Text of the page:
Next morning they pushed the raft into the water and all got aboard. The Quadling man had to hold the log craft fast while they took their places, and the flow of the river was so powerful that it nearly tore the raft from his hands. As soon as they were all seated upon the logs he let go and away it floated and the adventurers had begun their voyage toward the Winkie Country.
The little house of the Quadlings was out of sight almost before they had cried their good- byes, and the Scarecrow said in a pleased voice: "It won't take us long to get to the Winkie Country, at this rate."
They had floated several miles down the stream and were enjoying the ride when suddenly the raft slowed up, stopped short, and then began to float back the way it had come.
"Why, what's wrong?" asked Dorothy, in astonishment; but they were all just as bewildered as she was and at first no one could answer the question. Soon, however, they realized the truth: that the current of the river had reversed and the water was now flowing in the opposite direction-- toward the mountains.
They began to recognize the scenes they had passed, and by and by they came in sight of the little house of the Quadlings again. The man was standing on the river bank and he called to them:
"How do you do? Glad to see you again. I forgot to tell you that the river changes its direction every little while. Sometimes it flows one way, and sometimes the other."
They had no time to answer him, for the raft was swept past the house and a long distance on the other side of it.
"We're going just the way we don't want to go," said Dorothy, "and I guess the best thing we can do is to get to land before we're carried any farther."
But they could not get to land. They had no oars, nor even a pole to guide the raft with. The logs which bore them floated in the middle of the stream and were held fast in that position by the strong current.
So they sat still and waited and, even while they were wondering what could be done, the raft slowed down, stopped, and began drifting the other way--in the direction it had first followed. After a time they repassed the Quadling house and the man was still standing on the bank. He cried out to them:
"Good day! Glad to see you again. I expect I shall see you a good many times, as you go by, unless you happen to swim ashore."
By that time they had left him behind and were headed once more straight toward the Winkie Country.
"This is pretty hard luck," said Ojo in a discouraged voice. "The Trick River keeps changing, it seems, and here we must float back and forward forever, unless we manage in some way to get ashore."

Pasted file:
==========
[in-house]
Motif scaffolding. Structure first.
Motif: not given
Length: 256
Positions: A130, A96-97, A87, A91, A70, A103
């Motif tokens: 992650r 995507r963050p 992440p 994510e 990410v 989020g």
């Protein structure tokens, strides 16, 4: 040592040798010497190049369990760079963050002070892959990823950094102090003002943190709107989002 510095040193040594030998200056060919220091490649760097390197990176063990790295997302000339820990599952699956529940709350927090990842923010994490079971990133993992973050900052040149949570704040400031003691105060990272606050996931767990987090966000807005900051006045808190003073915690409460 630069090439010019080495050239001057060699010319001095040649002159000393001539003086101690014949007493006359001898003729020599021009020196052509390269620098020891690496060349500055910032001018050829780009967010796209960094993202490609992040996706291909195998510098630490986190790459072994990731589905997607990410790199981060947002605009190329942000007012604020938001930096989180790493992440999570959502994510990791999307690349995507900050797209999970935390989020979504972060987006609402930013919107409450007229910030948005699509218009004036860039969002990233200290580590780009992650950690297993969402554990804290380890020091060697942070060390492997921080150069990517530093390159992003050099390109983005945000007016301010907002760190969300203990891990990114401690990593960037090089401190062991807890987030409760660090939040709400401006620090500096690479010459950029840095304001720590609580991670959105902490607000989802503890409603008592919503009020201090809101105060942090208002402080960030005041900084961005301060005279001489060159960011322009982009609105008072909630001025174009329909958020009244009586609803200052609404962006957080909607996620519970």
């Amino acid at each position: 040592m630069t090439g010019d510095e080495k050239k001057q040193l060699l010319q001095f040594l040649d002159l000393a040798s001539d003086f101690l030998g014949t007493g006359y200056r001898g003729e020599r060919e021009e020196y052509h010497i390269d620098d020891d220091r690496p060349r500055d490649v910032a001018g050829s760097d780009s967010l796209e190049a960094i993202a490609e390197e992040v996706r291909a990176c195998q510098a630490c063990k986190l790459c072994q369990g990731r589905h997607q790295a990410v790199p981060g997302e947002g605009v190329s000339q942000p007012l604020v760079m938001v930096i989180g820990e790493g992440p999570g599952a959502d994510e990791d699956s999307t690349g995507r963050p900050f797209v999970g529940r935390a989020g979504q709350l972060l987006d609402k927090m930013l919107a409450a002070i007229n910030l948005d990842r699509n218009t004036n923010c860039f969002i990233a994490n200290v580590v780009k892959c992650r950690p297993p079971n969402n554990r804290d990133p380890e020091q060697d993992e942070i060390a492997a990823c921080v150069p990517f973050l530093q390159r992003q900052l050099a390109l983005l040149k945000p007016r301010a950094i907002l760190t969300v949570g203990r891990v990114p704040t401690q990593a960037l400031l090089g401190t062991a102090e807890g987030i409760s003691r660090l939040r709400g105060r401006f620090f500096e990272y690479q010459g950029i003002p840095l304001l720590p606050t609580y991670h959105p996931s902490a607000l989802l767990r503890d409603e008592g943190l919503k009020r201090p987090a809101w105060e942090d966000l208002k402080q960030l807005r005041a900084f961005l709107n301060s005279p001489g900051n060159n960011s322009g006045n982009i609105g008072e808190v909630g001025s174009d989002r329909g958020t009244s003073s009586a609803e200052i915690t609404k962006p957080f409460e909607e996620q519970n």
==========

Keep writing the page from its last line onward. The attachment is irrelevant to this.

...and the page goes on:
"Can you swim?" asked Dorothy.
"No; I'm Ojo the Unlucky."
"Neither can I. Toto can swim a little, but that won't help us to get to shore."
"I don't know whether I could swim, or not," remarked Scraps; "but if I tried it I'd surely ruin my lovely patches."
"My straw would get soggy in the water and I would sink," said the Scarecrow.
So there seemed no way out of their dilemma and being helpless they simply sat still. Ojo, who was on the front of the raft, looked over into the water and thought he saw some large fishes swimming about. He found a loose end of the clothesline which fastened the logs together, and taking a gold nail from his pocket he bent it nearly double, to form a hook, and tied it to the end of the line. Having baited the hook with some bread which he broke from his loaf, he dropped the line into the water and almost instantly it was seized by a great fish.
They knew it was a great fish, because it pulled so hard on the line that it dragged the raft forward even faster than the current of the river had carried it. The fish was frightened, and it was a strong swimmer. As the other end of the clothesline was bound around the logs he could not get it away, and as he had greedily swallowed the gold hook at the first bite he could not get rid of that, either.
When they reached the place where the current had before changed, the fish was still swimming ahead in its wild attempt to escape. The raft slowed down, yet it did not stop, because the fish would not let it. It continued to move in the same direction it had been going. As the current reversed and rushed backward on its course it failed to drag the raft with it. Slowly, inch by inch, they floated on, and the fish tugged and tugged and kept them going.
"I hope he won't give up," said Ojo anxiously. "If the fish can hold out until the current changes again, we'll be all right."
The fish did not give up, but held the raft bravely on its course, till at last the water in the river shifted again and floated them the way they wanted to go. But now the captive fish found its strength failing. Seeking a refuge, it began to drag the raft toward the shore. As they did not wish to land in this place the boy cut the rope with his pocket-knife and set the fish free, just in time to prevent the raft from grounding.
The next time the river backed up the Scarecrow managed to seize the branch of a tree that overhung the water and they all assisted him to hold fast and prevent the raft from being carried backward. While they waited here, Ojo spied a long broken branch lying upon the bank, so he leaped ashore and got it. When he had stripped off the side shoots he believed he could use the branch as a pole, to guide the raft in case of emergency.
They clung to the tree until they found the water flowing the right way, when they let go and permitted the raft to resume its voyage. In spite of these pauses they were really making good progress toward the Winkie Country and having found a way to conquer the adverse current their spirits rose considerably. They could see little of the country through which they were passing, because of the high banks, and they met with no boats or other craft upon the surface of the river.
The Patchwork Girl of Oz -by- L. Frank Baum